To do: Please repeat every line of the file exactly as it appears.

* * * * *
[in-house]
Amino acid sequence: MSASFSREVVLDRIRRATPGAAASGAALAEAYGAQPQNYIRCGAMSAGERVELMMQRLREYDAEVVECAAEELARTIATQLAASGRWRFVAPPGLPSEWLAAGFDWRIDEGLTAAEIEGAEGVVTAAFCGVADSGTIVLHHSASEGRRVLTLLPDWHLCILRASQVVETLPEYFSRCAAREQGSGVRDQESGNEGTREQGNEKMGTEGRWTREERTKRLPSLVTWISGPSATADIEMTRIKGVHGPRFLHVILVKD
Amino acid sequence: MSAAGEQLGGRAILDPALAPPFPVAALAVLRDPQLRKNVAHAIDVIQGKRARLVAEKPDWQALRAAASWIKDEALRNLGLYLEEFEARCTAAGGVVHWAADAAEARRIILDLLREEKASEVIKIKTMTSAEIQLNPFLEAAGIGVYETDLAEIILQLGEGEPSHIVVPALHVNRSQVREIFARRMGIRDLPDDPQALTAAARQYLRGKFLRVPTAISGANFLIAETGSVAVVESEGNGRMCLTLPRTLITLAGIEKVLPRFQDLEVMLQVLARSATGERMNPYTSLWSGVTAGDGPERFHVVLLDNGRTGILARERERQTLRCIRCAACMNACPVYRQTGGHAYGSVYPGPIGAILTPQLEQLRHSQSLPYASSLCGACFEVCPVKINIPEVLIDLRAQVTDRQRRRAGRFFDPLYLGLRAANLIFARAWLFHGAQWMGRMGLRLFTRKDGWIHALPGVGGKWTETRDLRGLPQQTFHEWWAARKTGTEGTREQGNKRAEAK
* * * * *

[in-house]
Amino acid sequence: MSASFSREVVLDRIRRATPGAAASGAALAEAYGAQPQNYIRCGAMSAGERVELMMQRLREYDAEVVECAAEELARTIATQLAASGRWRFVAPPGLPSEWLAAGFDWRIDEGLTAAEIEGAEGVVTAAFCGVADSGTIVLHHSASEGRRVLTLLPDWHLCILRASQVVETLPEYFSRCAAREQGSGVRDQESGNEGTREQGNEKMGTEGRWTREERTKRLPSLVTWISGPSATADIEMTRIKGVHGPRFLHVILVKD
Amino acid sequence: MSAAGEQLGGRAILDPALAPPFPVAALAVLRDPQLRKNVAHAIDVIQGKRARLVAEKPDWQALRAAASWIKDEALRNLGLYLEEFEARCTAAGGVVHWAADAAEARRIILDLLREEKASEVIKIKTMTSAEIQLNPFLEAAGIGVYETDLAEIILQLGEGEPSHIVVPALHVNRSQVREIFARRMGIRDLPDDPQALTAAARQYLRGKFLRVPTAISGANFLIAETGSVAVVESEGNGRMCLTLPRTLITLAGIEKVLPRFQDLEVMLQVLARSATGERMNPYTSLWSGVTAGDGPERFHVVLLDNGRTGILARERERQTLRCIRCAACMNACPVYRQTGGHAYGSVYPGPIGAILTPQLEQLRHSQSLPYASSLCGACFEVCPVKINIPEVLIDLRAQVTDRQRRRAGRFFDPLYLGLRAANLIFARAWLFHGAQWMGRMGLRLFTRKDGWIHALPGVGGKWTETRDLRGLPQQTFHEWWAARKTGTEGTREQGNKRAEAK